It’s easy to see our current circumstances as being outside of the scope of normal events, and thus everything we do as being unrelated to who we are within our typical existences. There’s an ethos on offer from many that we should all do what we need to in order to get through this crisis, and if that means eating an entire party-size bag of chips in one sitting (just as a completely random example and definitely not pulled from any actual experience) then you should be free to do so for the duration of the ongoing crisis, however long that may last. The argument is not so much that nothing we do at the moment counts (the calories certainly do) but rather that we should loosen the restrictions we place upon ourselves in trying to deal with the stress we’re all feeling.
While it’s true that the coronavirus pandemic and the measures put in place because of it are far outside anything most of us have ever experienced, it’s arguably not the case that we ourselves are similarly changed during this period. We’re only ever who we are as people or leaders or entrepreneurs, and times of crisis can only serve to heighten or reveal the characteristics that are fundamentally us.
What happens to us during this time, and how we react to it, can tell us a lot about who we are, in ways we wouldn’t otherwise be aware of, and it’s worth thinking about those reactions in evaluating who we are and who we want to be moving forward. Taking a pause and allowing ourselves some space to reflect is critical as this pandemic is becoming more of a triathlon than a marathon.
During a crisis, people look towards leadership for a steady hand on the wheel, and in the absence of that, panic and fear will set in as people worry about their job and their ability to care for themselves and their family. For founders, it’s a leadership challenge unlike any other; your business may have persevered through hard times before, but it’s rarely the case that you’ve had to navigate both a health crisis and a global recession at the same time. What can you say and do to assuage your team, and how can you handle the uncertainty that is unavoidable at the present?
We assume that people want to hear the best possible version of things, the sunniest interpretation of the situation, but the truth is that tact can backfire tremendously in the face of a reality that comes nowhere near matching those rosy projections. While it’s tempting to try and keep spirits up within your team by shielding them from bad news, it only makes the eventual consequences that much worse if they seemingly came out of the blue. Everyone is aware of the challenges mounting around the world, and simply want the honest truth so that they can deal with it as they need to. We are all weary of bad news but a surprise can be worse.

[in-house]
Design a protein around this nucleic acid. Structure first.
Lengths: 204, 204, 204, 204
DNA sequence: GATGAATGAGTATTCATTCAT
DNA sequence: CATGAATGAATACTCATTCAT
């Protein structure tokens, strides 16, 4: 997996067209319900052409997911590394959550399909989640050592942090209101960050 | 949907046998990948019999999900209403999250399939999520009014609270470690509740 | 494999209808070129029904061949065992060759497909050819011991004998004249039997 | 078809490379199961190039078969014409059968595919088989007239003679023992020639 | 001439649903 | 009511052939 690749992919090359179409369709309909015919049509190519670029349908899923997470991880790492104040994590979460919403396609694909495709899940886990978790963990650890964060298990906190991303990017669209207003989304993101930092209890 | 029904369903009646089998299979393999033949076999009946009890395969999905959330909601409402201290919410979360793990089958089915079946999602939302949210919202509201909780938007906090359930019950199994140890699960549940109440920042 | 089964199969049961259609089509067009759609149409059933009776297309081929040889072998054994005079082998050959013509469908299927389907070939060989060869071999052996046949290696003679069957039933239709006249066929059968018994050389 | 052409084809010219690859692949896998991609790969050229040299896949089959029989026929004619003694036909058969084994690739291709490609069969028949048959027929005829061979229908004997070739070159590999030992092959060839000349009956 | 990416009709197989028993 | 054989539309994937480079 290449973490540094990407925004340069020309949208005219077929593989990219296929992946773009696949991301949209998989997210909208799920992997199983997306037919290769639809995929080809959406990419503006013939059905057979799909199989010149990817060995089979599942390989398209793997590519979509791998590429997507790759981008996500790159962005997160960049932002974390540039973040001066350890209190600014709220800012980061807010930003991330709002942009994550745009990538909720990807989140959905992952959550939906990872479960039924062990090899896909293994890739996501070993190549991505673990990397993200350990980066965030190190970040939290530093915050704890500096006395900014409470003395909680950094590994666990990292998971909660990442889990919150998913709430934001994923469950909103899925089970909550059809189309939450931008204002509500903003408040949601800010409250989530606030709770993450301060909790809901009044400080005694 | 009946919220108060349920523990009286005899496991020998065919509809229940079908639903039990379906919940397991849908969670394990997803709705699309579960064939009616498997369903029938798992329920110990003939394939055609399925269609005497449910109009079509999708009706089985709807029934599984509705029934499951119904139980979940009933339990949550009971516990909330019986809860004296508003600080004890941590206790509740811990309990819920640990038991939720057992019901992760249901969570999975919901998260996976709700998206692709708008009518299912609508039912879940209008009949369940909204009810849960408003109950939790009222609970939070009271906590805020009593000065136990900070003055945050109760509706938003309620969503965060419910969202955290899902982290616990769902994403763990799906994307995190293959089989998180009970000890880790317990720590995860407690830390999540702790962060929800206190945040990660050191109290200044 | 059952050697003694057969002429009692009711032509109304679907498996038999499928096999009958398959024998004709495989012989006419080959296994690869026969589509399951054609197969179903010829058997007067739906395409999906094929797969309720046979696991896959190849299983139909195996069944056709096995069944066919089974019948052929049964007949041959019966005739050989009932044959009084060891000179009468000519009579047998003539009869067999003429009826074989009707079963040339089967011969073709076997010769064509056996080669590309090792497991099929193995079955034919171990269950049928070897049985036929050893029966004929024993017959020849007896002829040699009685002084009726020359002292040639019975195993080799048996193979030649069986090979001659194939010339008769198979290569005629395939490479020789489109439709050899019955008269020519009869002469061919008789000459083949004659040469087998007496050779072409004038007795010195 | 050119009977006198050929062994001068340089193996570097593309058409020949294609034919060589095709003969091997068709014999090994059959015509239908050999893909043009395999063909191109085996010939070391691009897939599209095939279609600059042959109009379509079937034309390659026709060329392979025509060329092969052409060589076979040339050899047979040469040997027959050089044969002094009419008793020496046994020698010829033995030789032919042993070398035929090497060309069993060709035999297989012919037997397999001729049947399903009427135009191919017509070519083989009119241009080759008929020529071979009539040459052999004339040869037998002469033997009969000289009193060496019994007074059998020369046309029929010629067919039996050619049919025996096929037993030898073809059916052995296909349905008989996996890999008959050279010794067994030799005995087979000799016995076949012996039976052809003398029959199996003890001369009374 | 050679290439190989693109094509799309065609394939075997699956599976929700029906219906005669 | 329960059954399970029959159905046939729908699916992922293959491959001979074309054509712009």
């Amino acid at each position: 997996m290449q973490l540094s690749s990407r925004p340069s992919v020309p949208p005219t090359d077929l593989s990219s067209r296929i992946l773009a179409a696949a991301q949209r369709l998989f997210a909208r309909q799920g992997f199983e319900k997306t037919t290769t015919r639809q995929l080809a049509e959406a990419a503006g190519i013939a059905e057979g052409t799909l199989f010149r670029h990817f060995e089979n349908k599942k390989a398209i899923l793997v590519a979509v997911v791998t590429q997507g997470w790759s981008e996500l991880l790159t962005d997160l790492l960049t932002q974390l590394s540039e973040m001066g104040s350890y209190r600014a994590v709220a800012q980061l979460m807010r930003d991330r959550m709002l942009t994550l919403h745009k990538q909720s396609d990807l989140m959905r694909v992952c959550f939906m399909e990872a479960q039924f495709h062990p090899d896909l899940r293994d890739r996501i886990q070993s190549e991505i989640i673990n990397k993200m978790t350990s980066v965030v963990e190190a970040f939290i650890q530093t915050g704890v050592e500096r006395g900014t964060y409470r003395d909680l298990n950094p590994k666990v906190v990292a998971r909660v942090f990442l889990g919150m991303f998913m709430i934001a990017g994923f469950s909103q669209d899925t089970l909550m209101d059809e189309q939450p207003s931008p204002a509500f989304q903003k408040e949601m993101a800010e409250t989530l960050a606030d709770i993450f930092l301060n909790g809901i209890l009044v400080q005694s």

It’s also the case that we might want to attempt to block out the darkness, to somehow try and force a sort of tunnel vision that blocks out the negativity that exists all around in an effort to focus on the task at hand. While you don’t want your workdays to become sessions for your team to vent frustrations over Teams, Slack or Zoom, you do have to give people the freedom to feel the stress of the situation and to try and work through it in the best way they can. Perhaps for some work is a safe space away from the stress of the news, and that’s great, but there has to be an understanding that for many there isn’t that easy demarcation between the parts of their life, particularly when so many are still stuck at home.
The burden of leadership is that we can’t give free reign to our own feelings, no matter how much we may want to let loose. We can vent our own frustration, sure, but we can’t appear to be without purpose or a plan, even at a time when we’re all unable to control what happens in the world around us. People need direction and a goal to work towards, even if it’s small and short-term, and offering that gives the small amount of structure that we all need in our lives when everything else seems to be unmoored.
These are circumstances you hope to avoid as a founder, but there are no guarantees when you go into business for yourself; quite the opposite, in fact, as difficult issues and tough choices are all but assured for entrepreneurs. Leadership isn’t easy, else everyone would seek it out. But you’ve chosen this path for yourself, and now a pandemic has given you the chance to see what your mettle is as a leader during the economic crisis; hopefully, you find yourself up to the challenge. I would be interested in hearing from entrepreneurs who have some lessons to share with others about leading today – reach out on Linkedin or @maryjuetten on Twitter. #onwards.